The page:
Our September swaps are on NOFA-NY’s Locavore Challenge Calendar as featured events. We are asking everyone to bring a little card, for each item, listing the local ingredients & sources of your swap items. This is optional, and not mandatory, so if you forget your card or haven’t used local ingredients- don’t sweat it. It’s just meant to highlight the fabulousness our local foodshed.

Lastly, we will have jars for BOTH our fundraisers (Denison & Kilpatrick Family Farm/Amanda) at the swaps as we can take checks and cash (you will be entered to win one of our many raffle items).

In addition, we will have another jar for the Red Cross and for Britin’s amazing cause that she’s been working hard on: Regional Food & Farm Project.

+++

{fsc swappers} Albany Food Swap
Sunday, September 18th 4-6pm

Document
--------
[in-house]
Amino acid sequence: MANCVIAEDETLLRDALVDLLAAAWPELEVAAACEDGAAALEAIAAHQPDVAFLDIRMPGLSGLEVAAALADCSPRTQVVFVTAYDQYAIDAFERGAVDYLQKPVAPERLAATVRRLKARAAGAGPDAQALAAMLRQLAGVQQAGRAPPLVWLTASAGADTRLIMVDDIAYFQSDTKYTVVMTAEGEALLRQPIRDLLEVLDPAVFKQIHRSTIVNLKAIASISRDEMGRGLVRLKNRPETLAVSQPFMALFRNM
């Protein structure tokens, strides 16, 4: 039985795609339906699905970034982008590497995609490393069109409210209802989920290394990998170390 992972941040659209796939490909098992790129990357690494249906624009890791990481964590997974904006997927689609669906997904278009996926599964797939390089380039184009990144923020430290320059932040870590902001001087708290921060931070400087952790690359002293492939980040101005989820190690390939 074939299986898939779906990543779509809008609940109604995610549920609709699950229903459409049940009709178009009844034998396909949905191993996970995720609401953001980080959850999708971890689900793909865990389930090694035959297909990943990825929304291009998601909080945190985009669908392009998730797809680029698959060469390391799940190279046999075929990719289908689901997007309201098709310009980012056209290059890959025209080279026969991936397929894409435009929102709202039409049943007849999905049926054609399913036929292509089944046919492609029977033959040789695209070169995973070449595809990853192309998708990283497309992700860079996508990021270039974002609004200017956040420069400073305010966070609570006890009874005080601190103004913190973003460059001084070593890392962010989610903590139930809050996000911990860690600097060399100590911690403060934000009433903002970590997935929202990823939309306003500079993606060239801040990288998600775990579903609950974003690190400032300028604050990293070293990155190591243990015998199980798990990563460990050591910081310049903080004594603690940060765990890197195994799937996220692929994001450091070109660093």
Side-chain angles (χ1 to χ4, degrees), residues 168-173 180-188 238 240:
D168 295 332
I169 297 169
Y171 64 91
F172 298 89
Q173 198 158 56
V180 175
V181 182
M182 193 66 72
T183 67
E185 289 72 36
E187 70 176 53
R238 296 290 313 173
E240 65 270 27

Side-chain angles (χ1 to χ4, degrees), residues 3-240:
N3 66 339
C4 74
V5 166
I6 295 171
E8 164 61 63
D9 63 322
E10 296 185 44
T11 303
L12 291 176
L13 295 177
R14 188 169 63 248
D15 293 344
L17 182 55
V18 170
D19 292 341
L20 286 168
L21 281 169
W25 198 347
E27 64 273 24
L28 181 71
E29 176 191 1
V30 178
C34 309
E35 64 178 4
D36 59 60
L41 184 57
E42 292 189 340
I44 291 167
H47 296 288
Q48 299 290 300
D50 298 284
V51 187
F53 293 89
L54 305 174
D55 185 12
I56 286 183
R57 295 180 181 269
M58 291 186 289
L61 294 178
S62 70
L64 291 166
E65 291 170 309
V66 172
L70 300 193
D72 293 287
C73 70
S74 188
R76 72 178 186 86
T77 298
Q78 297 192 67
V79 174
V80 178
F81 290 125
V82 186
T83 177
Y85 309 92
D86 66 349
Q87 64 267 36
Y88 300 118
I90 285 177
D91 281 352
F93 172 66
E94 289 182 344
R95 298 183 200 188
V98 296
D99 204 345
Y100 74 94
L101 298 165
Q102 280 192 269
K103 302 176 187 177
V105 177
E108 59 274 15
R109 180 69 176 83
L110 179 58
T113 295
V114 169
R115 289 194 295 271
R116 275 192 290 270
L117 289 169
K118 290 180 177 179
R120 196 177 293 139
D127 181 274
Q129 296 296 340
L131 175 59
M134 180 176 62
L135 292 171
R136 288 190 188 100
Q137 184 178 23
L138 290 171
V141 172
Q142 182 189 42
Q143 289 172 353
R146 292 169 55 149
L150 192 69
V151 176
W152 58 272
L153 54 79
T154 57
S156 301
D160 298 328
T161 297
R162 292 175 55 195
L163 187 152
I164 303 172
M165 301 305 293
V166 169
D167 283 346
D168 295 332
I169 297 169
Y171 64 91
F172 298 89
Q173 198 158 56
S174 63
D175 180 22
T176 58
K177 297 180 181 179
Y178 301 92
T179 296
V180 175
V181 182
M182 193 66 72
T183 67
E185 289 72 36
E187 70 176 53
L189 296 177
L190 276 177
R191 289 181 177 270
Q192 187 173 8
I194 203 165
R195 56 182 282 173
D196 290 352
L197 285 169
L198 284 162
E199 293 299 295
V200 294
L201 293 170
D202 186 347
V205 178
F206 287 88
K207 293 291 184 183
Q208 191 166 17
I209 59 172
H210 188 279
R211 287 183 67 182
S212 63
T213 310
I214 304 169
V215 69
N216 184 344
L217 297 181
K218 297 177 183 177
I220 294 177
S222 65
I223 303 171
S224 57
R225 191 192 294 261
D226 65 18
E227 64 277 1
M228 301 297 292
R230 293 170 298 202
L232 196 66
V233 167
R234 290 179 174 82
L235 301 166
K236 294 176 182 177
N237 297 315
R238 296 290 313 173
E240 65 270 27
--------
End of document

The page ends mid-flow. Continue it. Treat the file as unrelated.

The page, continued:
All Good Bakers, 160A Quail Street, Albany, NY

For Albany Swap Tickets go HERE

{fsc swappers} Saratoga Food Swap
Wednesday, September 21st 7:30-9:30pm
Common Thread Saratoga, 55 Beekman Street, Saratoga Springs, NY

For Saratoga Swap Tickets go HERE

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Categories: Events, FSC Food Swaps

Author:Britin F.

I am 1/2 owner/partner/baker with my husband as All Good Bakers, mother, singer, guitarist, photographer, writer, community and food activist.

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2 Comments on “{fsc swappers} Swap Time is Here Again!”

  1. November 19, 2011 at 9:17 pm #

    Your entire WordPress page is fantastic! What kind of camera do you use?

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  1. {the new year} All Good Bakers’ Full Plates | FROM SCRATCH CLUB - January 24, 2012

    [...] with FarmieMarket and local non-profit, The Regional Farm and Food Project. We hosted FSC’s inaguaral Albany Food Swaps  (great fun surrounding our favorite subject: Good Food!), helped prepare dinner for Michael [...]